Writing in Retail Wire, George Anderson discusses the proposed Kroger-Albertsons merger. If it is approved by the Federal Trade Commission (FTC), the new megachain would be required to divest at least 250-300 stores to satisfy antitrust provisions.
Anderson asks whether Amazon BB #:283186 should or will acquire these stores to add to its own Whole Foods/Amazon Fresh empire.
He apparently believes Amazon’s claims that it is committed to retail grocery, citing a recent comment by Amazon CEO Andy Jassy: “If you really want to have significant market segment share in perishables,” which Amazon ostensibly does, “you typically need physical stores.”
As many commentators on Anderson’s article have pointed out, Amazon’s acquisition of divested Kroger-Albertsons BB #:193326 stores isn’t too likely. David Fischer writes: “Kroger BB #:100073 stated at the outset that they needed this merger to compete with Amazon, and now they want to sell them stores? That undermines their case for a merger.”
But the real reason that Amazon will not purchase these stores is that it does not understand retail grocery, as its recent stumblings demonstrate. Amazon Go has proved to be a fiasco. Amazon Go store closures reflect a good idea badly executed (fastcompany.com)
The company has halted openings of new Amazon Fresh stores, and Whole Foods has announced restructuring and major job cuts. Whole Foods plans job cuts as it reorganizes regional, global structures – Produce Blue Book
These look very much like a sick man in bed tossing and turning to find a painless position.
Whatever Mr. Jassy tells the public, it seems likely that Amazon is groping for ways to get out of this sector. If any Amazon Fresh stores survive in the long run, it will be only because they serve as useful warehouses for online delivery and might as well get a little retail business on the side.
As for Whole Foods, my wife and I agree that every visit to their Wheaton, IL, store is increasingly disappointing. (We go principally for the fishmonger: it is hard to get good fish and seafood out here on the Illinois prairie.) Amazon has constantly eroded the qualities that made Whole Foods successful by reducing variety, cutting staff, and having its own online delivery people jostling with customers, who are not paying Whole Foods prices to be subjected to this treatment.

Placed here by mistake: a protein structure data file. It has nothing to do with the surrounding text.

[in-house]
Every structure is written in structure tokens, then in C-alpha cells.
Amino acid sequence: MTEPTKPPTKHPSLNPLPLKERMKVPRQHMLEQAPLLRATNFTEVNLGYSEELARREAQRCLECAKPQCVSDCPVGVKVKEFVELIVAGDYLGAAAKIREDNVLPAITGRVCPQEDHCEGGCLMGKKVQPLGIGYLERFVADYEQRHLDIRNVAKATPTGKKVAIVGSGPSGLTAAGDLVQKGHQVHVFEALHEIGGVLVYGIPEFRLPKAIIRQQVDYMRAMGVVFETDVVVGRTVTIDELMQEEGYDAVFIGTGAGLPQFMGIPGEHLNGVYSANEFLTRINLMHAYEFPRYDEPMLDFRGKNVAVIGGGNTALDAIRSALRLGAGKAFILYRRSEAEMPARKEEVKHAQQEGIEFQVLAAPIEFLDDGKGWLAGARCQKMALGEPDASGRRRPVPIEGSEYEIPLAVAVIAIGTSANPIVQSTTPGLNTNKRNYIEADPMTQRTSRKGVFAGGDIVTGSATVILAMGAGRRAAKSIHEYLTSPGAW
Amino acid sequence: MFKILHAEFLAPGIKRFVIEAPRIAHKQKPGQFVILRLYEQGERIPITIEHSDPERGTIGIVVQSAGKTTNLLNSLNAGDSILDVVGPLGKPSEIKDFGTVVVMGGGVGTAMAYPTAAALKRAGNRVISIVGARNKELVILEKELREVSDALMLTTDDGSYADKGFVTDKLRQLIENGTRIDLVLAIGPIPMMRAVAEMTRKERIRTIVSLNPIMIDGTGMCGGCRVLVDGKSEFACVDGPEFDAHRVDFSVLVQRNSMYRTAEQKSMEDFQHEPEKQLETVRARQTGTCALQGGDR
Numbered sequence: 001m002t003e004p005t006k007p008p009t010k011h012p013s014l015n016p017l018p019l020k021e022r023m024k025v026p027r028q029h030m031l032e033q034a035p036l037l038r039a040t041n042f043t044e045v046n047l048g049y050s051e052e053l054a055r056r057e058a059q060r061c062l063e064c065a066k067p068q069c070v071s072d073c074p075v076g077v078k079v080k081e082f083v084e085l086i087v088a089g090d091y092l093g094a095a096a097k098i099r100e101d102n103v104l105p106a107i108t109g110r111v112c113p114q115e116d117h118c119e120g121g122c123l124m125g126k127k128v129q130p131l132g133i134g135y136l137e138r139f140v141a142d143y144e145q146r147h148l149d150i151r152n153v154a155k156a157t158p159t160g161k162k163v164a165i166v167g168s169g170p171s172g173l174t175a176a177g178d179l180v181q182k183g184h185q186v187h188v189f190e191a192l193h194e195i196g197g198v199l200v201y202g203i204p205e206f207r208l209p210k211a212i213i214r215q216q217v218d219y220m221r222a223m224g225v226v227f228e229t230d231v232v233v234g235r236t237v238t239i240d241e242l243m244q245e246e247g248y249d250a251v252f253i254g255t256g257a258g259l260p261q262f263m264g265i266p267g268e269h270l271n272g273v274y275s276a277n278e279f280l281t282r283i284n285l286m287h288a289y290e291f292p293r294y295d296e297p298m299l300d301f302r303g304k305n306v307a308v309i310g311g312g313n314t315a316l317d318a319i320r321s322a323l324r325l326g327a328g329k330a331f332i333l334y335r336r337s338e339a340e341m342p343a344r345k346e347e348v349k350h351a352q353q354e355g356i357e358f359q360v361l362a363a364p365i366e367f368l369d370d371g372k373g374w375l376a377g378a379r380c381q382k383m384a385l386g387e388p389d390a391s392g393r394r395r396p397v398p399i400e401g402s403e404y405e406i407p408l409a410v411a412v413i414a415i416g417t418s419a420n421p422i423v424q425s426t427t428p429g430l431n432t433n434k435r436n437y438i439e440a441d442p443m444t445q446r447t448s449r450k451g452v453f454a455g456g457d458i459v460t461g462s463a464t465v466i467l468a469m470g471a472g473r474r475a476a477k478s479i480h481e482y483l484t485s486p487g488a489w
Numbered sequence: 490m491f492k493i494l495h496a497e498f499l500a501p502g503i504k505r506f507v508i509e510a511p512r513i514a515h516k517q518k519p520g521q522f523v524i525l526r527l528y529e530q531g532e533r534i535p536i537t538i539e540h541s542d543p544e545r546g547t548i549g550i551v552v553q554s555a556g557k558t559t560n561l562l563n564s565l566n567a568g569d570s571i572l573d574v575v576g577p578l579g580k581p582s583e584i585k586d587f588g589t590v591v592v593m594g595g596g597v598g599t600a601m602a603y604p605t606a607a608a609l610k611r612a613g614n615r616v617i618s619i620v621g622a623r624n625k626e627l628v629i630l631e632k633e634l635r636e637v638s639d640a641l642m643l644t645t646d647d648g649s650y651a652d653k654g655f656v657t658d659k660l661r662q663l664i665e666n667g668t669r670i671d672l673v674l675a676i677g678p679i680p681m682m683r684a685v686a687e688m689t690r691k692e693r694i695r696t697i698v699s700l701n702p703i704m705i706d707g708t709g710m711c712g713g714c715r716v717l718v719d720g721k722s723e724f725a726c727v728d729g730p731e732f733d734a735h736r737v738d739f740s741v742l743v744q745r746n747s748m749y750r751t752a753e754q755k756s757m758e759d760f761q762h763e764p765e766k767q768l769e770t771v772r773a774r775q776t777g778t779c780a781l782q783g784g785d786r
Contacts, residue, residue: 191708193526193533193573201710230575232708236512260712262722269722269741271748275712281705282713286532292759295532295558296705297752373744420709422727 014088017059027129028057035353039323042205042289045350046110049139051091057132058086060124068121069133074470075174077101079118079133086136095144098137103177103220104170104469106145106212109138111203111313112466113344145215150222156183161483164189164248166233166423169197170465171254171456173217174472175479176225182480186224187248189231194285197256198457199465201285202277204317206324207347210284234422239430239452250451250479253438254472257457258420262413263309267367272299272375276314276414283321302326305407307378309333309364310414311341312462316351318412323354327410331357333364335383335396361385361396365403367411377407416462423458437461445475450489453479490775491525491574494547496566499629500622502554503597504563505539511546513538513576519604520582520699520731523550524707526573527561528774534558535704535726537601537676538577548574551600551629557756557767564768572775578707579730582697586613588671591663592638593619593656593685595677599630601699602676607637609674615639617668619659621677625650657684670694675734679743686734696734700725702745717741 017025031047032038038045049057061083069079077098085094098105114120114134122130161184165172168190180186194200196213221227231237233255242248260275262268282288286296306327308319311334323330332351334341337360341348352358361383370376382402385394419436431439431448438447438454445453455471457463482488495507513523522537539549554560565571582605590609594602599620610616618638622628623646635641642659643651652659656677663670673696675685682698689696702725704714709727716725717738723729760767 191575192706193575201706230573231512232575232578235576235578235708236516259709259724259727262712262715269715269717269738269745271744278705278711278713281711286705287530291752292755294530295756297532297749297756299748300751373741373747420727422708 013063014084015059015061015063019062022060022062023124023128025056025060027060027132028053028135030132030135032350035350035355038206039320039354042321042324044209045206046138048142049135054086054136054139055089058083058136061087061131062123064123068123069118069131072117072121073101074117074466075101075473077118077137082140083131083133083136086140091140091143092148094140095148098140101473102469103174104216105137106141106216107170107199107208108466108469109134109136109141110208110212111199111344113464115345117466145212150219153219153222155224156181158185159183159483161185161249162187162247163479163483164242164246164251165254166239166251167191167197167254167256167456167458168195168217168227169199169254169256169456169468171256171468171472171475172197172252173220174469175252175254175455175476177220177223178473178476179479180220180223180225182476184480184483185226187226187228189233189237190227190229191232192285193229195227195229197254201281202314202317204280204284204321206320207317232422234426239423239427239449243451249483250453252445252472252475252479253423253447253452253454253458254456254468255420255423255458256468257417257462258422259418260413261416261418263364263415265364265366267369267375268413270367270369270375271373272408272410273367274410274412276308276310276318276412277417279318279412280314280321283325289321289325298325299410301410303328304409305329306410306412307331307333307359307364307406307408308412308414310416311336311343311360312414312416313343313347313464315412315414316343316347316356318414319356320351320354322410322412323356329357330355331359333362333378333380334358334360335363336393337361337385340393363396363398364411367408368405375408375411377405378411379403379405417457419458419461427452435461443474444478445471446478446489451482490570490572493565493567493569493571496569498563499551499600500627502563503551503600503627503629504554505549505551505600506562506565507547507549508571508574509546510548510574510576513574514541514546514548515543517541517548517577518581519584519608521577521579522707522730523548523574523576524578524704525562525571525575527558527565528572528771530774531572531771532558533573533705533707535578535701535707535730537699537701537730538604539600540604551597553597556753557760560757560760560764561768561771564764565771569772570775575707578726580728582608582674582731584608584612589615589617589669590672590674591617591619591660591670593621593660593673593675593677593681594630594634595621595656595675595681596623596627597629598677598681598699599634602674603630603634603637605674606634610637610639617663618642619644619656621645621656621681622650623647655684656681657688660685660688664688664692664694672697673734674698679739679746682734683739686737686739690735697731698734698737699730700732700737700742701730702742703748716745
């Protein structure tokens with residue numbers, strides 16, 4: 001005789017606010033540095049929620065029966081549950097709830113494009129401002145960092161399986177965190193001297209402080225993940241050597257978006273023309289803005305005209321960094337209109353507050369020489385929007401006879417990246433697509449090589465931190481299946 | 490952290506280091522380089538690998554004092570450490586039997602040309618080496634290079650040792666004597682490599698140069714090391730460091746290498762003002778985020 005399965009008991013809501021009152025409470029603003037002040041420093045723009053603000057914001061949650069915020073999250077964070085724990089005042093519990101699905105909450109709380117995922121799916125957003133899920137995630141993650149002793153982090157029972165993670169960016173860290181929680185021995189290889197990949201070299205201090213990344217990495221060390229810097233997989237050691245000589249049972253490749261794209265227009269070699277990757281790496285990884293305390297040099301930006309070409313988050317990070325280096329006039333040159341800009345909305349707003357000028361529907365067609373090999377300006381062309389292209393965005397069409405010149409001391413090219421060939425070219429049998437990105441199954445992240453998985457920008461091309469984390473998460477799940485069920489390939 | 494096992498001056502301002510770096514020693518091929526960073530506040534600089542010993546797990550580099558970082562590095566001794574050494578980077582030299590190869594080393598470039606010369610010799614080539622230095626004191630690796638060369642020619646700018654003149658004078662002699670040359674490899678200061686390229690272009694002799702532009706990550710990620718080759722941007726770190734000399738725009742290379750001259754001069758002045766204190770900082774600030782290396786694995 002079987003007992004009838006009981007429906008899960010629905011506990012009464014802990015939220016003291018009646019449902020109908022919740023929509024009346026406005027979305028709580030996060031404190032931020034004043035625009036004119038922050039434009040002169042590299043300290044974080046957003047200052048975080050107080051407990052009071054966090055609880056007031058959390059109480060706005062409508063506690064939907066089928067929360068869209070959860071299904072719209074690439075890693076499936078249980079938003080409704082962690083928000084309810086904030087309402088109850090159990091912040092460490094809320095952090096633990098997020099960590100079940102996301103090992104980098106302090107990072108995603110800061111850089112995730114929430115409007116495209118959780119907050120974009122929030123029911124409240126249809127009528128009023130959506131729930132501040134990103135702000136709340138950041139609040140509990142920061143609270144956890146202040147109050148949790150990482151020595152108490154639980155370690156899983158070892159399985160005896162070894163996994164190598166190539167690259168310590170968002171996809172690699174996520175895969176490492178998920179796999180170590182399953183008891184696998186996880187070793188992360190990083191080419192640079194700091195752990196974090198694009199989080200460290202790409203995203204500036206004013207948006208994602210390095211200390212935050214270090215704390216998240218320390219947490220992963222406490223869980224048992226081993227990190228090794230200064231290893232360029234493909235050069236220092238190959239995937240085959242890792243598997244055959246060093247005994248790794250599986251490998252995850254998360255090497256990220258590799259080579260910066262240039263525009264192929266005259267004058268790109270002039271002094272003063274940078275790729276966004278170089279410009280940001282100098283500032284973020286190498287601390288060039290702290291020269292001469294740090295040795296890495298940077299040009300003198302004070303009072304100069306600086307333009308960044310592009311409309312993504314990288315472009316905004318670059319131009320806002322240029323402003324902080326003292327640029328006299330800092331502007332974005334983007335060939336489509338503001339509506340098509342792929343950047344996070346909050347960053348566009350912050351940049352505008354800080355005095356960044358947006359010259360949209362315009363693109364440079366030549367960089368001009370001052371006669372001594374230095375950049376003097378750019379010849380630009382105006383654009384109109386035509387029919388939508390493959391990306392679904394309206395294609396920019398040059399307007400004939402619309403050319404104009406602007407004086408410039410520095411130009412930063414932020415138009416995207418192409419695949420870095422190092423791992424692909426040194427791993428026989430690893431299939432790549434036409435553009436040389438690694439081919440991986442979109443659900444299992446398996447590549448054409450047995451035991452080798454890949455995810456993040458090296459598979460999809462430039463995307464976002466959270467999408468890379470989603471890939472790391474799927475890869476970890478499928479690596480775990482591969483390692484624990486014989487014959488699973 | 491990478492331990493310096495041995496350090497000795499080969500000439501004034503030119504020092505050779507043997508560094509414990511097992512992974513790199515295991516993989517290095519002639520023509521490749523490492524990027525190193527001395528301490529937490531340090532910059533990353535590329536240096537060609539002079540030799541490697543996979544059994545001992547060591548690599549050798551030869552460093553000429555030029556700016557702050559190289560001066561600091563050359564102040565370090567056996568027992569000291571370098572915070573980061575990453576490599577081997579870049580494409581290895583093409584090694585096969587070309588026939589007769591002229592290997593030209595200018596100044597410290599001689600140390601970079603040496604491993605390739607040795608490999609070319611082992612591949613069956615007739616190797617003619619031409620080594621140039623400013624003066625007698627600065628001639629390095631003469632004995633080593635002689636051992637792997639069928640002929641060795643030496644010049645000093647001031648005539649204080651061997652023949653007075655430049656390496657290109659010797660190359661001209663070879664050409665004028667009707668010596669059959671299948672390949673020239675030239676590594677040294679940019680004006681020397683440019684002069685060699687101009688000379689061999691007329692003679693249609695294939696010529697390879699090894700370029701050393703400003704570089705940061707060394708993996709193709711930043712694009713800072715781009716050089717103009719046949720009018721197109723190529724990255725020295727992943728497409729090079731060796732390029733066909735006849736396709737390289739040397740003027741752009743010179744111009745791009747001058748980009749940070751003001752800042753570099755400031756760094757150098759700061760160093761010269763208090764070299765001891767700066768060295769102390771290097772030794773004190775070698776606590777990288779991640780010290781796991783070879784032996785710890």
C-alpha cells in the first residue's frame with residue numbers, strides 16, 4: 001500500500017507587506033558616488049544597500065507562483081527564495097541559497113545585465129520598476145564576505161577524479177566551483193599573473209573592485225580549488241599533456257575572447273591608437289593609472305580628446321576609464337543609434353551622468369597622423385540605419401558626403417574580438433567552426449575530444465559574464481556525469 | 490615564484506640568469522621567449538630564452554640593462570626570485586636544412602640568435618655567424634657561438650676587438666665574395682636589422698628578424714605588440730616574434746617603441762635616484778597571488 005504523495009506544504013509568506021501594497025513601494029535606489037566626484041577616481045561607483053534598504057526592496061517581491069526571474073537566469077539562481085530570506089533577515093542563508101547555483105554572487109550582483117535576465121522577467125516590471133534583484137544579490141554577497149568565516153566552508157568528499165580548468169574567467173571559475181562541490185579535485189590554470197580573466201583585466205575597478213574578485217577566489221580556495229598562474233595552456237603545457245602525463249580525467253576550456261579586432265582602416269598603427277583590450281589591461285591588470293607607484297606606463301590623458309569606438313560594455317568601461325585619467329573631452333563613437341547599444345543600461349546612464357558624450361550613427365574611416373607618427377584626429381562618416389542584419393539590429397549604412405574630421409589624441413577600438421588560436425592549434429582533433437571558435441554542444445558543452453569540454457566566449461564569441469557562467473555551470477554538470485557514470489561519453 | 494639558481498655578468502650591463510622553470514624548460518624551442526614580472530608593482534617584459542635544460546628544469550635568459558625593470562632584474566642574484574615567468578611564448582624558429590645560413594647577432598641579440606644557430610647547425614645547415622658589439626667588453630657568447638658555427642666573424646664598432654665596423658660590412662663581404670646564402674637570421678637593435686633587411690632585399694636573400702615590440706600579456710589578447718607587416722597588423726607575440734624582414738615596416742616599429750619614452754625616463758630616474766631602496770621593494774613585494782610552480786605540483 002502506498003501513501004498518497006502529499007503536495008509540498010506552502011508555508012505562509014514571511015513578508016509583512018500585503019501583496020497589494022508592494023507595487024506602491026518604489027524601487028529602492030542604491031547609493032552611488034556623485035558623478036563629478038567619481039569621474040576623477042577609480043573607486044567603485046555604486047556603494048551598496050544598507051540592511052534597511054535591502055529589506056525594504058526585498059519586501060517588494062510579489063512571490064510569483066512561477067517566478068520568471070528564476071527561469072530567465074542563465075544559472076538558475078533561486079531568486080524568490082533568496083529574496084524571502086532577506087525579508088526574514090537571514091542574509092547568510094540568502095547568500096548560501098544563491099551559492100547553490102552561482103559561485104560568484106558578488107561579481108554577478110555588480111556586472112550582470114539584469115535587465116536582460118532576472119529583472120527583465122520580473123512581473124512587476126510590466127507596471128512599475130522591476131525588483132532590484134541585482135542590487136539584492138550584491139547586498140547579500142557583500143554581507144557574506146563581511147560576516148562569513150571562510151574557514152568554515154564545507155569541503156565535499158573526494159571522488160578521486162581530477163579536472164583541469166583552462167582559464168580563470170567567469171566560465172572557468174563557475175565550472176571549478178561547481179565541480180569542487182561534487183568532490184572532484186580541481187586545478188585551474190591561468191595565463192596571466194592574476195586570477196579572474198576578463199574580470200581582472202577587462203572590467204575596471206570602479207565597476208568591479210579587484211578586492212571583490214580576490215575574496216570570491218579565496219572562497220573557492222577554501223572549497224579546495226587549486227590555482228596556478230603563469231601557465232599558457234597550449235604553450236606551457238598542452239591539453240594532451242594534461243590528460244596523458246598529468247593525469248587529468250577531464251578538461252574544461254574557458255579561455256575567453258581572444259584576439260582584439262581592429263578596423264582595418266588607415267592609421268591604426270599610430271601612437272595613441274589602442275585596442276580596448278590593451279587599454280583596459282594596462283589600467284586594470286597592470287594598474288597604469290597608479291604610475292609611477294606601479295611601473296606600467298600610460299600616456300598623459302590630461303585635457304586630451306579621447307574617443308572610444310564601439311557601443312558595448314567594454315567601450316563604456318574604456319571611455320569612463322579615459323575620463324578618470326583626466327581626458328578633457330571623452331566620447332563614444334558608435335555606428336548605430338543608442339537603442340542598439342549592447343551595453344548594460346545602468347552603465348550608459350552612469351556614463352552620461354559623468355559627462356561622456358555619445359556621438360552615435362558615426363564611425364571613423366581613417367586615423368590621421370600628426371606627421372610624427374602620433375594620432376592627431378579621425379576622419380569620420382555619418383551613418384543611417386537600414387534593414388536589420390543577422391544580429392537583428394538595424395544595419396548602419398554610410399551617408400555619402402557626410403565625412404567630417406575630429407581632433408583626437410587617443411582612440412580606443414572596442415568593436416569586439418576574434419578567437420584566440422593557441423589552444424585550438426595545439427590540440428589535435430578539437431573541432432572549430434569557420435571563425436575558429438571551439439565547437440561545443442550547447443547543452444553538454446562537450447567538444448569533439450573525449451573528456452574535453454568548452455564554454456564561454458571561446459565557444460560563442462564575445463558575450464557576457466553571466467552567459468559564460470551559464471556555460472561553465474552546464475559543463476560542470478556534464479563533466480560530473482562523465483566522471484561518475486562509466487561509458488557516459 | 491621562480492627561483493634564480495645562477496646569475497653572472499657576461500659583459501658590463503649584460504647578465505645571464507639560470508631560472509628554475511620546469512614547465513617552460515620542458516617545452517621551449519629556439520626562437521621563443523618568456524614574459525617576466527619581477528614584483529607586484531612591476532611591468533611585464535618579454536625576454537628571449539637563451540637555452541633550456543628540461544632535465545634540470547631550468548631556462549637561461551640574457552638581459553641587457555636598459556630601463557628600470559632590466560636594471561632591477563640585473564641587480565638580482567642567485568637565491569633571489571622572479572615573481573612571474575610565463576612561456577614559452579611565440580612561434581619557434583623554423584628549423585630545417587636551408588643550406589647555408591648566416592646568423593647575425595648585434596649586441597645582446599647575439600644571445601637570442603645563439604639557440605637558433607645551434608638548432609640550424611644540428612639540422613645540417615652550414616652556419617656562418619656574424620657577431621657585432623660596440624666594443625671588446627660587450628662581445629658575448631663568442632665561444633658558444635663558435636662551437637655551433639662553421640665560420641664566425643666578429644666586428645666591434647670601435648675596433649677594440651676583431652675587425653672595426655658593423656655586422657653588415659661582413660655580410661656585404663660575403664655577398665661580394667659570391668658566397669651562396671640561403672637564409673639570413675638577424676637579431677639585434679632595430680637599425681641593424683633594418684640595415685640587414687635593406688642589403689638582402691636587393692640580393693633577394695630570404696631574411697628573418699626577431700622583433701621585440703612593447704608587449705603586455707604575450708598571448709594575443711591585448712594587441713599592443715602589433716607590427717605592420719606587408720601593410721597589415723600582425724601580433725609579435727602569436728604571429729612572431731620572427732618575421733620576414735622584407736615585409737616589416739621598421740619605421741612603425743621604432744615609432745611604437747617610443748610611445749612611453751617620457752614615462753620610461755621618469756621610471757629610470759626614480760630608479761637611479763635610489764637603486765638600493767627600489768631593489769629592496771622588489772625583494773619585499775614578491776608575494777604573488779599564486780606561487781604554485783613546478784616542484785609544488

I suspect that the great ones of Amazon—who are, after all, good businessmen and -women even if they are poor supermarket managers—are sitting out the outcome of the Kroger-Albertsons merger before they find a buyer for Whole Foods, ideally some company that knows what it is doing in this area.
Then there is the merger itself. Most analysts believe that it will go through in some form or another. Maybe, but federal regulators may not be as amenable to such moves as they once were.
FTC chair Lina Khan has criticized a similar merger between Safeway and Albertson’s in 2015.
The merged company divested itself of 146 stores, selling them to a Haggen, a small chain based in the Northwest. But Haggen couldn’t absorb the stores it acquired. It went bankrupt, and the new and mighty Albertson’s—outrageously—bought back some of the stores it had gotten rid of, at fire sale prices.
Khan is asking hard questions about the merger. However it turns out, the federal decision about it will say a great deal about government antitrust policies in the future.
In the meantime, the CEOs of Kroger and Albertsons have published a joint letter in the Cincinnati Enquirer attempting to dispel misconceptions about the merger. You are, of course, entirely free to believe as much of it as you like.